Why cloud computing suddenly seems so hard and expensive

Enterprises are struggling with cost overruns, hiring, and security concerns, all problems that are easily overcome—and reflect a mature view of the cloud

A survey of 100 IT decision-makers in companies with 500 or more employees conducted by NetEnrich found that 85 percent claimed either moderate or extensive production use of cloud infrastructure. What’s not surprising, and what I’ve been saying here, 80 percent stated that they have moved at least a quarter of all workloads to the public cloud.

But there is trouble in paradise. The survey also finds the top cloud computing issue is security (68 percent), followed by IT spend and cost overruns (59 percent), day-to-day maintenance (36 percent), and root-cause analysis and post-mortems (22 percent). Also, 48 percent claim that their IT organization is finding the cost of recruiting cloud professionals to solve the cloud problems to be an ongoing issue.

The core issue is that the expectations are the wrong ones. While cloud providers and even cloud experts have been selling cloud computing as an operational cost-savings technology, the reality is that the cloud can be more expensive due to cost of the talent needed, of migration, and of cloud operations (cloudops).

This “cloud isn’t so cheap after all” conclusion is the dirty little secret of Silicon Valley right now, backed by a decade’s worth of data.

However, using the public cloud was never about ops savings—at least, it never should have been. The core value of the cloud is, and has always been, improved speed of change. Speed to change applications and data, as well as to build and remove core business systems.

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This speed benefit may have less value for companies that don’t change a great deal, but most companies live in markets that have frequent changes, so figuring out some way to keep up is a necessity for most, even if not quantified. In other words, building things that can change quickly is more important than just building things in today’s world.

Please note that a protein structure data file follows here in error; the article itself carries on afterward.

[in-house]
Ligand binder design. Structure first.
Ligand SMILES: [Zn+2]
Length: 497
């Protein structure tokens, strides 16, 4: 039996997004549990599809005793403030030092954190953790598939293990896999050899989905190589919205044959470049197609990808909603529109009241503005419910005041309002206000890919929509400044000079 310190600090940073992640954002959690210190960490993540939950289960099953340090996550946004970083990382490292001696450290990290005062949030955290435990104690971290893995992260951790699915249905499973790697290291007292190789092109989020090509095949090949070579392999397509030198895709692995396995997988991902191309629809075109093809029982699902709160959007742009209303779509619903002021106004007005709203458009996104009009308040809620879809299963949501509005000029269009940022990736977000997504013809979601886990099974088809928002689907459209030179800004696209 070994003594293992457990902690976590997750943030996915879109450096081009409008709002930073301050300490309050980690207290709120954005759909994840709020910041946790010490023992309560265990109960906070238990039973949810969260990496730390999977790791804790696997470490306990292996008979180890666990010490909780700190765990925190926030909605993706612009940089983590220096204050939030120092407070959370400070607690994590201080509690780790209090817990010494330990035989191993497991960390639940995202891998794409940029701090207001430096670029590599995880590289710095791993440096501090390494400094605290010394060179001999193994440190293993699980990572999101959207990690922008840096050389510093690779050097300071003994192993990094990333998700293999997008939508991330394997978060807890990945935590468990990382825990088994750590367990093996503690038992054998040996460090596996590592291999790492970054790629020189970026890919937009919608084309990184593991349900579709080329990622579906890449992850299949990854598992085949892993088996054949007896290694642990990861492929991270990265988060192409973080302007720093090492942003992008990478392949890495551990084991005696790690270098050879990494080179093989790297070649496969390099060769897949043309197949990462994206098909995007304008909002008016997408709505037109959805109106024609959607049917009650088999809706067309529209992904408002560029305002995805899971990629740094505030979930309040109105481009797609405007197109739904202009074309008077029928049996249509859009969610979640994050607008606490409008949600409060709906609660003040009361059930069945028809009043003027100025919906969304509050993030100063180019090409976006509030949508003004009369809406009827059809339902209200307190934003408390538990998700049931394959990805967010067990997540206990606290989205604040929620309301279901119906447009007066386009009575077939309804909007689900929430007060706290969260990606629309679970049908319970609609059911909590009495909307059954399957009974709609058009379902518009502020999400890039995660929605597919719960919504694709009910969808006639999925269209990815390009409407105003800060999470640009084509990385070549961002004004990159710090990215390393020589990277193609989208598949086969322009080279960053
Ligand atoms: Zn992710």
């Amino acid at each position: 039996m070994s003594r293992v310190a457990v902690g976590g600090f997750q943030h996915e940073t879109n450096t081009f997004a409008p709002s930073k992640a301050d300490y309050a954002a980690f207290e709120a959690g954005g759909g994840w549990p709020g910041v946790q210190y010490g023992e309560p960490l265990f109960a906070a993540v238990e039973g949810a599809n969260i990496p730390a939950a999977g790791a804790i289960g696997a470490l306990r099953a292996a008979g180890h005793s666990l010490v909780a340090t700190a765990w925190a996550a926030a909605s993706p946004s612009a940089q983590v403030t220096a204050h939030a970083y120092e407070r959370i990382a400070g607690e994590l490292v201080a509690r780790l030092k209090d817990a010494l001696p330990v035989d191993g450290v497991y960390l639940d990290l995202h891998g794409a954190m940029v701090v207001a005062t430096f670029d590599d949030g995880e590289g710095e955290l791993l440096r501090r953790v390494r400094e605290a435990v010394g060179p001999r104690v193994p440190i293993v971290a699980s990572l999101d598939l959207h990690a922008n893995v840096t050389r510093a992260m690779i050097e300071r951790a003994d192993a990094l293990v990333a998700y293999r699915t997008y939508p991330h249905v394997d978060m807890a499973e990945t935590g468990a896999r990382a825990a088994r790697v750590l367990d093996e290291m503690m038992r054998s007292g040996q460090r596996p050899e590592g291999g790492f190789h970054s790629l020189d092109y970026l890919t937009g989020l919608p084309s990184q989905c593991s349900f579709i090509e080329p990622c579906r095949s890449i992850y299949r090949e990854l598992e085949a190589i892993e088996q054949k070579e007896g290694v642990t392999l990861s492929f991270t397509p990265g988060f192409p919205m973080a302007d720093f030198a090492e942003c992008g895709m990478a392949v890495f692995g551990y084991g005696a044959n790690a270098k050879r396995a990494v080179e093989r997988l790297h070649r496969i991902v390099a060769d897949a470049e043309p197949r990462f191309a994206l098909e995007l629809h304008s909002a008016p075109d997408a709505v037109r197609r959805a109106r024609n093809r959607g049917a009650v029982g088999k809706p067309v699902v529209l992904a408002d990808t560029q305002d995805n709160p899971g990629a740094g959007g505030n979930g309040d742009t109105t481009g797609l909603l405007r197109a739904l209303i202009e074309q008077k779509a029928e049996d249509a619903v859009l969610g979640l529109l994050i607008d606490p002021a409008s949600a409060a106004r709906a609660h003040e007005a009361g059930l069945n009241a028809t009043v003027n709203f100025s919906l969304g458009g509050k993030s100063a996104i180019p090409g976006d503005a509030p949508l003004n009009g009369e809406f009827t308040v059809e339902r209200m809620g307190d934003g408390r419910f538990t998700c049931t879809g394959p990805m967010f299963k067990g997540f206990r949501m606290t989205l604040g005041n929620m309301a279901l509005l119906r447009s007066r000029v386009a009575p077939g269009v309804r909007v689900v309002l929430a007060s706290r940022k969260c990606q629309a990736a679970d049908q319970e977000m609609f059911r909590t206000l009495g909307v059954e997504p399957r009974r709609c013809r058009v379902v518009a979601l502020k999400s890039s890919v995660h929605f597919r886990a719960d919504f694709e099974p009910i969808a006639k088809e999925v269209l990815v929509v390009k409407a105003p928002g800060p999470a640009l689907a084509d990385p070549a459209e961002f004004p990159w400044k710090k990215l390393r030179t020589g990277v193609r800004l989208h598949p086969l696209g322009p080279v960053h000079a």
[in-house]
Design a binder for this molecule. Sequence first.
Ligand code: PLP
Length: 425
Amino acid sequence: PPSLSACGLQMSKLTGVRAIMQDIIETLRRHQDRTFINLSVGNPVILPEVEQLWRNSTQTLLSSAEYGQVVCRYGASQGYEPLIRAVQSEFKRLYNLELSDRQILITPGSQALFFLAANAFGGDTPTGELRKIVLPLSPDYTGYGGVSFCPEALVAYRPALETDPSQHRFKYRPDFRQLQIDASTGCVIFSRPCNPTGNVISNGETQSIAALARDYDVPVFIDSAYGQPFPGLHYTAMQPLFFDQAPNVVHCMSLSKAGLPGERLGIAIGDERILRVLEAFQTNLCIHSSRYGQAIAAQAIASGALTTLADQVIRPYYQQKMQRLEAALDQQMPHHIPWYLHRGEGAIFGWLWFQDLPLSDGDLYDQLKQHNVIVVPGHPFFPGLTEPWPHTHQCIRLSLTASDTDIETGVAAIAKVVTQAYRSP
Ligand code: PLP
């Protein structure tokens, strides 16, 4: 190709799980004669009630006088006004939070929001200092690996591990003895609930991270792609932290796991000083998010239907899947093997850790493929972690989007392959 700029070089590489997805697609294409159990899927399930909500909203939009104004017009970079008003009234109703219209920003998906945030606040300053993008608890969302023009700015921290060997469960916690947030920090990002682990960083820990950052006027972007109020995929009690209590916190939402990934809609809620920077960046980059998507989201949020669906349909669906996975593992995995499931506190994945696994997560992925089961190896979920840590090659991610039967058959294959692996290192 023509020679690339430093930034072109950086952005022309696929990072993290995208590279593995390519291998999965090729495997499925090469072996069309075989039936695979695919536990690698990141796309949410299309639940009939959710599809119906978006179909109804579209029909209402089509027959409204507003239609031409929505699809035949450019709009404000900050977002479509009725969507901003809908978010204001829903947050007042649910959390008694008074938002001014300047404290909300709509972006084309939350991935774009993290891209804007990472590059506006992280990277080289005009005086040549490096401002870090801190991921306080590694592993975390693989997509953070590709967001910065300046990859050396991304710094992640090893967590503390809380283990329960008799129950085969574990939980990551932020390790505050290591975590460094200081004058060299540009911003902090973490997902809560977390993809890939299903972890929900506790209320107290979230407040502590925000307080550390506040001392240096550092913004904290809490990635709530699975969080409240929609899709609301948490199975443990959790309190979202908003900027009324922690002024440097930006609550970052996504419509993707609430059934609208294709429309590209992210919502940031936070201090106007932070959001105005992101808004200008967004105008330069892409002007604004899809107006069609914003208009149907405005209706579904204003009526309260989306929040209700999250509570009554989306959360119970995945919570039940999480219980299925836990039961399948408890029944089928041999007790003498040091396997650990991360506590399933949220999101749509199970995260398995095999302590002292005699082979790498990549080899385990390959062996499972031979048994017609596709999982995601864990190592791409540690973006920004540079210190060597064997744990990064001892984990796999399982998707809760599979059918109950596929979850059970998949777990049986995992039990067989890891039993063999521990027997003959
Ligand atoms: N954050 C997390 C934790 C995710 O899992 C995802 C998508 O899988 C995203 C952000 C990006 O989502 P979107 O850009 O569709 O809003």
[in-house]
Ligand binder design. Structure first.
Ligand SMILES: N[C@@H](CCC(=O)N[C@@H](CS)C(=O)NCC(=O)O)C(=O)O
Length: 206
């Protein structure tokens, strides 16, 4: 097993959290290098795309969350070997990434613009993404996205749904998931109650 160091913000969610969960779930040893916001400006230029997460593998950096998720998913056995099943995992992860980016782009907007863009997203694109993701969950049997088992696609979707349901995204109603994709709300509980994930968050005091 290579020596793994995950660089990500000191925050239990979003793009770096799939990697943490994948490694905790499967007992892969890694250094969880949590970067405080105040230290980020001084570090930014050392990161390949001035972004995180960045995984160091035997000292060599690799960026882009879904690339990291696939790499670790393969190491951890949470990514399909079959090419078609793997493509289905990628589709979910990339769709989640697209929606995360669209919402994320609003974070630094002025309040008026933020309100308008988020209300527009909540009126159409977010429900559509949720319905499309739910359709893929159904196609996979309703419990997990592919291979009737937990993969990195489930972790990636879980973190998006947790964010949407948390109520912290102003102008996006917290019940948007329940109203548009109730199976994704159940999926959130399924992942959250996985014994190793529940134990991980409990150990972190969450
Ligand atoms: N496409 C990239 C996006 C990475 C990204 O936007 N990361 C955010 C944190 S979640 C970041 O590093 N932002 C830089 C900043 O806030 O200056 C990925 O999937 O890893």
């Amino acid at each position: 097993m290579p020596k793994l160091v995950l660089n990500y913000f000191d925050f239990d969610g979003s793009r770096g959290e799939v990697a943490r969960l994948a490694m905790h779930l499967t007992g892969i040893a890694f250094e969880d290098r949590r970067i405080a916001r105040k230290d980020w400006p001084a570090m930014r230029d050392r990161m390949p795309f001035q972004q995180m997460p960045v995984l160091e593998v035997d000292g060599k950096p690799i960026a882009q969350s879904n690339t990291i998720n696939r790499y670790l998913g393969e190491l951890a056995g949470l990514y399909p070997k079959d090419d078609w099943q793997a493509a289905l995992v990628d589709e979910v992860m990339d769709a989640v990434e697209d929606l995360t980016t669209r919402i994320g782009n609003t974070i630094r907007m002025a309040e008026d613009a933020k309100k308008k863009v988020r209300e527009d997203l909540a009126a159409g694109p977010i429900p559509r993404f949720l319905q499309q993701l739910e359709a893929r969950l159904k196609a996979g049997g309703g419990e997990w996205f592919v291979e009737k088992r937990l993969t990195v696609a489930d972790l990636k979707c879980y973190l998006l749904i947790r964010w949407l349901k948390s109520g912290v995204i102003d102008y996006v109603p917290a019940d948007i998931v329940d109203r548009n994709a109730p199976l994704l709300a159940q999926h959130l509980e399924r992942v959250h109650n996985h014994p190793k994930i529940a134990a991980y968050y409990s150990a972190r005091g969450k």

By the way, the security concern cited in the survey is in reality not a concern. We crossed the security chasm for cloud computing some time ago, and any good security architect should be able to make things more secure in the cloud—especially considering the better cloud-based tools available for the public cloud. But it’s hard for many in IT to trust that security is OK, so they keep citing it as a concern, whether or not it really is an issue.

The theme of 2019 for the cloud is that things are getting harder. The big reason: We’re trying to solve the harder problems that have been pushed down the road in the prior years. All these problems can be solved, including how you justify the extra spending for cloud because well, it’s worth it.

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